A Guide to Child Therapy
It’s hard enough for us adults to understand, sort through, and communicate our feelings. Now, imagine what it must be like for a child or teenager. Or, maybe you can time travel and plop yourself right back into your childhood shoes.
Did you experience anxiety as you moved from one grade to the next? Were you bullied? Did your parents go through a tough divorce? Were you a victim of trauma? We all had our fair share of difficulties growing up — but many of us didn’t receive the help that a child or adolescent therapist can provide.
Fortunately, therapy is more accepted and widely used than ever before. This goes for adults and kids alike. If you think that your child could benefit from talking to a mental health professional because they are struggling mentally and emotionally in one way or another, don’t hesitate to schedule a child therapy appointment. But first, you might want to know a little bit more about what child therapy is and how it can help.
What Is Child Therapy?
Child therapy, also known as counseling for kids, helps these young individuals understand and manage challenges that affect their mental health. These challenges include mental illness, behavioral issues, traumatic events, and bullying.
Child counselors and child psychologists are well-equipped to work with kids and teens, as they’ve gone through the proper training and acquired the necessary experience to understand how their young minds work. And, more importantly, how to best help them. These professionals break down the given problem in a way that’s easier to understand, discuss, and address.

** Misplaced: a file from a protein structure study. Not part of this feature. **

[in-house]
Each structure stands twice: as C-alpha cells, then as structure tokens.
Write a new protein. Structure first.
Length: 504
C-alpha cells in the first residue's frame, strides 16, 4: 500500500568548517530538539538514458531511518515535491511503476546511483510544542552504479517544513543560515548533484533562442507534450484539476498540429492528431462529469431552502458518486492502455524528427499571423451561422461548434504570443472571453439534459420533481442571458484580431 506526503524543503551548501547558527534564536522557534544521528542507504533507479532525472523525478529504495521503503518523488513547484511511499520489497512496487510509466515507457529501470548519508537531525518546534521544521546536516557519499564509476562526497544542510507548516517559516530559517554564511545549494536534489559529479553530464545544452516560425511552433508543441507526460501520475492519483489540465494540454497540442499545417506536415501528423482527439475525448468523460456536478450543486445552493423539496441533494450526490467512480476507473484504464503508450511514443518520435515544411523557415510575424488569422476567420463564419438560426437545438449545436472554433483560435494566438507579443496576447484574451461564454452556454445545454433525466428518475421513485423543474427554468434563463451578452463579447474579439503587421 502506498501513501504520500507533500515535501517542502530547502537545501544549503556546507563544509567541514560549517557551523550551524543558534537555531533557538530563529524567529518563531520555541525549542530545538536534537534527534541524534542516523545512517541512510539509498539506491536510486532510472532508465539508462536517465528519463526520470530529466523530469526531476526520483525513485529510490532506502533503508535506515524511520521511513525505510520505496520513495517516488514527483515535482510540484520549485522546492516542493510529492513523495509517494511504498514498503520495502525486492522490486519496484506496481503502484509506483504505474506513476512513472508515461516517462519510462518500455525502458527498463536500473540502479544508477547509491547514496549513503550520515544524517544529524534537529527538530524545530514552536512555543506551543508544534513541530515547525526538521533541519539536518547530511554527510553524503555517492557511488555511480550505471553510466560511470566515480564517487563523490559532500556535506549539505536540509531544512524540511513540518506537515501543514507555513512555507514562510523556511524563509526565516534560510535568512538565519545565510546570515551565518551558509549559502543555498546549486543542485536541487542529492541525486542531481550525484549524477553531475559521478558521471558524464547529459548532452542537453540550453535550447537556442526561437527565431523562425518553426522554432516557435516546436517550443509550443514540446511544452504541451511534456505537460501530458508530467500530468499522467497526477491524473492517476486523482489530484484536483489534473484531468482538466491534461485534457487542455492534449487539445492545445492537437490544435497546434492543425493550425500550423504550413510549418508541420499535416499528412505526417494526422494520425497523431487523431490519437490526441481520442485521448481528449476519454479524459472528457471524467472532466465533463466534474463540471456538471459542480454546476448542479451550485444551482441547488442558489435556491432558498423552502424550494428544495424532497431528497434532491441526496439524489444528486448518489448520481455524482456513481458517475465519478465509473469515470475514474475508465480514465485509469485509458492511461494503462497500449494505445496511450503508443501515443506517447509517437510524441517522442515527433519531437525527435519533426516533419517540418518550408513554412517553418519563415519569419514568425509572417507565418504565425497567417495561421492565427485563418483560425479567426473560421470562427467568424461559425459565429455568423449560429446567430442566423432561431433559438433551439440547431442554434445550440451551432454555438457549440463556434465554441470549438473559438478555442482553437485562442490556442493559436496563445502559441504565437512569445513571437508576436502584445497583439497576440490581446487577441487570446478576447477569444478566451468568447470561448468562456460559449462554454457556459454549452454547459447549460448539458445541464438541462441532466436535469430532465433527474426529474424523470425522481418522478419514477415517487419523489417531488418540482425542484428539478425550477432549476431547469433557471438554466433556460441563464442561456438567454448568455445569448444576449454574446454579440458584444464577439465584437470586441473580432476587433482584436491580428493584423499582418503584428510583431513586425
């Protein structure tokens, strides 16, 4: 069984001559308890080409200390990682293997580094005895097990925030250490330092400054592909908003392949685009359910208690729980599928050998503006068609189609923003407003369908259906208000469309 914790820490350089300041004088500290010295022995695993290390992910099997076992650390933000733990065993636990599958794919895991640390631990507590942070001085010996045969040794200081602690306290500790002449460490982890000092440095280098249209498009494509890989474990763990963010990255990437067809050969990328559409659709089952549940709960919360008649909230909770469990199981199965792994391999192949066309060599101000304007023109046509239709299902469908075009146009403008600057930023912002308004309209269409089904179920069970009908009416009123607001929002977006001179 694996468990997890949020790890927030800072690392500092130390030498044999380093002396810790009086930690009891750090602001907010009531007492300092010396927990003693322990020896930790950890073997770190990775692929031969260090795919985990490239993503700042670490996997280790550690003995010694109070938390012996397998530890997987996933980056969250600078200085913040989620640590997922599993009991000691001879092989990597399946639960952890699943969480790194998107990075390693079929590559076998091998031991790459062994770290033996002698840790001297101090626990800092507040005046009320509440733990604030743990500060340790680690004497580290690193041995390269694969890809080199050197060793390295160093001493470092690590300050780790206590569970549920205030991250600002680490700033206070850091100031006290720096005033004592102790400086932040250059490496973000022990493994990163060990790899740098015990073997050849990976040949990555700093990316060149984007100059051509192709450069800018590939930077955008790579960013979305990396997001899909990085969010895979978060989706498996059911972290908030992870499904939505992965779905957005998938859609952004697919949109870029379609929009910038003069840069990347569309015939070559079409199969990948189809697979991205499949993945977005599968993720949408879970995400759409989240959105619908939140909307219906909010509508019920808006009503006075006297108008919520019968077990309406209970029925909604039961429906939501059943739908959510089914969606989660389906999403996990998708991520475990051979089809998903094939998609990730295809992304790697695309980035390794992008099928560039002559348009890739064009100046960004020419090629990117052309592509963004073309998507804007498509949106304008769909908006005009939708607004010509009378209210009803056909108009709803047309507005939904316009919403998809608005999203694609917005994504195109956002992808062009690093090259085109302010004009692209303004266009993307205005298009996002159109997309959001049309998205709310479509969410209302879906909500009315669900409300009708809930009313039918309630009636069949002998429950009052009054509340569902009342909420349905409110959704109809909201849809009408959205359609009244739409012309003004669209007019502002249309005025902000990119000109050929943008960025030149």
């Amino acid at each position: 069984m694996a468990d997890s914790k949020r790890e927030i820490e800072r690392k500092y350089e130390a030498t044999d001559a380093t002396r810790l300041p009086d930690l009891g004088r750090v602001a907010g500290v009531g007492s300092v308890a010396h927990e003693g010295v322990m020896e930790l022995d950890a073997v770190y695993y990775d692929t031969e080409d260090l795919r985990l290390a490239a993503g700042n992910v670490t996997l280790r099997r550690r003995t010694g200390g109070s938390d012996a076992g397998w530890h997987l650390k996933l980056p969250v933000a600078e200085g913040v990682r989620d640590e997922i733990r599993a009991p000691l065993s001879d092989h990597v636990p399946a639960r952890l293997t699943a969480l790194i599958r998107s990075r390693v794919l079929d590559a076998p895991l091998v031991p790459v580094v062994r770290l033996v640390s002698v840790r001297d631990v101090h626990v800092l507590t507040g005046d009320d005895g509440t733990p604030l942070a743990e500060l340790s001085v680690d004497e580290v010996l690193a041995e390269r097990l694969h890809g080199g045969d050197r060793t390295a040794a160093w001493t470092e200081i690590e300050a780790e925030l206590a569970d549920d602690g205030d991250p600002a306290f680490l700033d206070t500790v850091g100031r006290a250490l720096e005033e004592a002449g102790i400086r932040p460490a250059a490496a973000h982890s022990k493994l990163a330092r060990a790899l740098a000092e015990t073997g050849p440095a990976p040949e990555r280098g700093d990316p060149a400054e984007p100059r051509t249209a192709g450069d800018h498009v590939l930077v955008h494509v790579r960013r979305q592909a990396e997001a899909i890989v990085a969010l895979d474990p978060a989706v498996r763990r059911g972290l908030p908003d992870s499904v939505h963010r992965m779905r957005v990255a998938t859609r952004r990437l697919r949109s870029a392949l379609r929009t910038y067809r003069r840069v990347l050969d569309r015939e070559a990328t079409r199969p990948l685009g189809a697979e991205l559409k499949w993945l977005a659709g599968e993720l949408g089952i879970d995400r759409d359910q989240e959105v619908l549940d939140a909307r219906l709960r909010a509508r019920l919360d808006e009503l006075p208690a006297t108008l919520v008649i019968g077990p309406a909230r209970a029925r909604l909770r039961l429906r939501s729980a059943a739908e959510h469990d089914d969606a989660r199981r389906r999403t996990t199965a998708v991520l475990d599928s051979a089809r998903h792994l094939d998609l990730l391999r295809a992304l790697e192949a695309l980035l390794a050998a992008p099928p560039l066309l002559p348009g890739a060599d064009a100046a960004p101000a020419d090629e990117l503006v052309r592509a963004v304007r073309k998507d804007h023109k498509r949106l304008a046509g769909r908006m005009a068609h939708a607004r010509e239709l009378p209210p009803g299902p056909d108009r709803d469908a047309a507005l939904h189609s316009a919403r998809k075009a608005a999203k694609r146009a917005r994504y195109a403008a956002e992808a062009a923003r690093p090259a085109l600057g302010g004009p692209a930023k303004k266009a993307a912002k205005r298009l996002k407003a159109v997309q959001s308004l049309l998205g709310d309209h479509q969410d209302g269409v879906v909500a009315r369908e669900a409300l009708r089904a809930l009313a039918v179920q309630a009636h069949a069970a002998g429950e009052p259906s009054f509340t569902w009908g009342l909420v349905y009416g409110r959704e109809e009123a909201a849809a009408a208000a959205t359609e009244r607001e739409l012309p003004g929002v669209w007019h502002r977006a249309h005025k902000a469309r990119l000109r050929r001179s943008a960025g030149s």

At What Age Should a Child See a Therapist?
There is not an age limit for which children can and can’t receive counseling. All are welcome, from toddlers in preschool to teenagers in high school (which is why it is sometimes referred to as child and adolescent therapy).
That said, the reason a child or teen might work with a therapist and the therapist’s therapy methods do vary for different age groups. Here’s a simple breakdown:
- Toddlers (1-3 years): Address concerns like developmental delays or disruptive behaviors, with parent participation and play therapy techniques.
- Kids (3-13 years): Address concerns like learning disorders and anxiety, using hands-on activities as well as verbal communication.
- Teens (13-18 years): Address bullying, depression, social pressures, stress, and more — with counselors providing coping tools as well as unbiased guidance and support.
How Can Child Therapy Help?
Therapy can help kids in many different ways, just like adults. The above section provides a brief snapshot of how it might help different age groups. But from a broader sense, child therapy can help with both problems that are traditionally seen as more severe like mental illness as well as those that aren’t considered quite as serious, such as difficult feelings around moving to a new town.
The bottom line is that many children and adolescents can benefit from talking to a counselor. The following are common issues addressed in child therapy:
- Mental illness, such as depression or anxiety
- The death of a loved one and other difficult losses
- Abuse (sexual, emotional, physical, mental)
- Addiction in the family
- Parents’ divorce
- Behavioral issues
- Developmental delays
- Learning disorders
- Traumatic events
- Moving to a new town
If your child is suffering or you think they should talk to a mental health professional, it’s likely that they will benefit from therapy.
When Should a Child See a Therapist?
It isn’t always easy to tell when your child or teen might need therapy—even if they are dealing with one of the issues mentioned earlier.
Here are some signs that your child is, indeed, having a difficult time and should see (or could benefit from talking to) a therapist:
- Noticeable changes in appetite
- Significant weight loss or gain
- Difficulty sleeping
- Unwarranted aggression
- Persistent anxiety and nerves
- Failing or worsening grades
- Social isolation
- Alcohol or drug use
- Expression of suicidal thoughts
Some of the signs above are scary and might feel overwhelming, but remember: Child therapists and psychologists are equipped with the skills, training, and experience to help these young individuals. And they will tailor treatment to the child’s specific needs.
How Does Child Therapy Work?